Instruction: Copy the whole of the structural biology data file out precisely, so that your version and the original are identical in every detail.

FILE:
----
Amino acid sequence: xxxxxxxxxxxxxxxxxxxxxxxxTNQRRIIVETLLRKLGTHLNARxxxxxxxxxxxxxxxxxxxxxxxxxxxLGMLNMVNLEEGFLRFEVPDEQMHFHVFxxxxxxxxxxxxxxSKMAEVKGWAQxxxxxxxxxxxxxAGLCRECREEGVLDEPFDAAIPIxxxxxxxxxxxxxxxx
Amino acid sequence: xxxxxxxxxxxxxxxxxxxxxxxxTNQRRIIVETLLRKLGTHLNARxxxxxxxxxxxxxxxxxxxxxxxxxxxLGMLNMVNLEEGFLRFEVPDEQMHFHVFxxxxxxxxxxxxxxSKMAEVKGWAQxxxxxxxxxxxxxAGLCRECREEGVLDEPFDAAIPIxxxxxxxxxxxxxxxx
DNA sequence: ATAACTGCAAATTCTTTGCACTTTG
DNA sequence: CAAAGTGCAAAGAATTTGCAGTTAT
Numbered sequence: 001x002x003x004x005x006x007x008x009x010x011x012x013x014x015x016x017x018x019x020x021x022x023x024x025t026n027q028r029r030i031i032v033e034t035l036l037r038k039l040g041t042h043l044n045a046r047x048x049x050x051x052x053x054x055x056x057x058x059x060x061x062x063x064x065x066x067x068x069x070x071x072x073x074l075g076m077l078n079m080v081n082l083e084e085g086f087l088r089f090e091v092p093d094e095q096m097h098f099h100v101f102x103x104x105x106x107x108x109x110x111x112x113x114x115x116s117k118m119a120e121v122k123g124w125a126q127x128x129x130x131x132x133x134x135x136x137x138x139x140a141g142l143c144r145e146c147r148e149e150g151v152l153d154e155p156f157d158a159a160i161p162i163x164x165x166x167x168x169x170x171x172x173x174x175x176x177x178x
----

Amino acid sequence: xxxxxxxxxxxxxxxxxxxxxxxxTNQRRIIVETLLRKLGTHLNARxxxxxxxxxxxxxxxxxxxxxxxxxxxLGMLNMVNLEEGFLRFEVPDEQMHFHVFxxxxxxxxxxxxxxSKMAEVKGWAQxxxxxxxxxxxxxAGLCRECREEGVLDEPFDAAIPIxxxxxxxxxxxxxxxx
Amino acid sequence: xxxxxxxxxxxxxxxxxxxxxxxxTNQRRIIVETLLRKLGTHLNARxxxxxxxxxxxxxxxxxxxxxxxxxxxLGMLNMVNLEEGFLRFEVPDEQMHFHVFxxxxxxxxxxxxxxSKMAEVKGWAQxxxxxxxxxxxxxAGLCRECREEGVLDEPFDAAIPIxxxxxxxxxxxxxxxx
DNA sequence: ATAACTGCAAATTCTTTGCACTTTG
DNA sequence: CAAAGTGCAAAGAATTTGCAGTTAT
Numbered sequence: 001x002x003x004x005x006x007x008x009x010x011x012x013x014x015x016x017x018x019x020x021x022x023x024x025t026n027q028r029r030i031i032v033e034t035l036l037r038k039l040g041t042h043l044n045a046r047x048x049x050x051x052x053x054x055x056x057x058x059x060x061x062x063x064x065x066x067x068x069x070x071x072x073x074l075g076m077l078n079m080v081n082l083e084e085g086f087l088r089f090e091v092p093d094e095q096m097h098f099h100v101f102x103x104x105x106x107x108x109x110x111x112x113x114x115x116s117k118m119a120e121v122k123g124w125a126q127x128x129x130x131x132x133x134x135x136x137x138x139x140a141g142l143c144r145e146c147r148e149e150g151v152l153d154e155p156f157d158a159a160i161p162i163x164x165x166x167x168x169x170x171x172x173x174x175x176x177x178x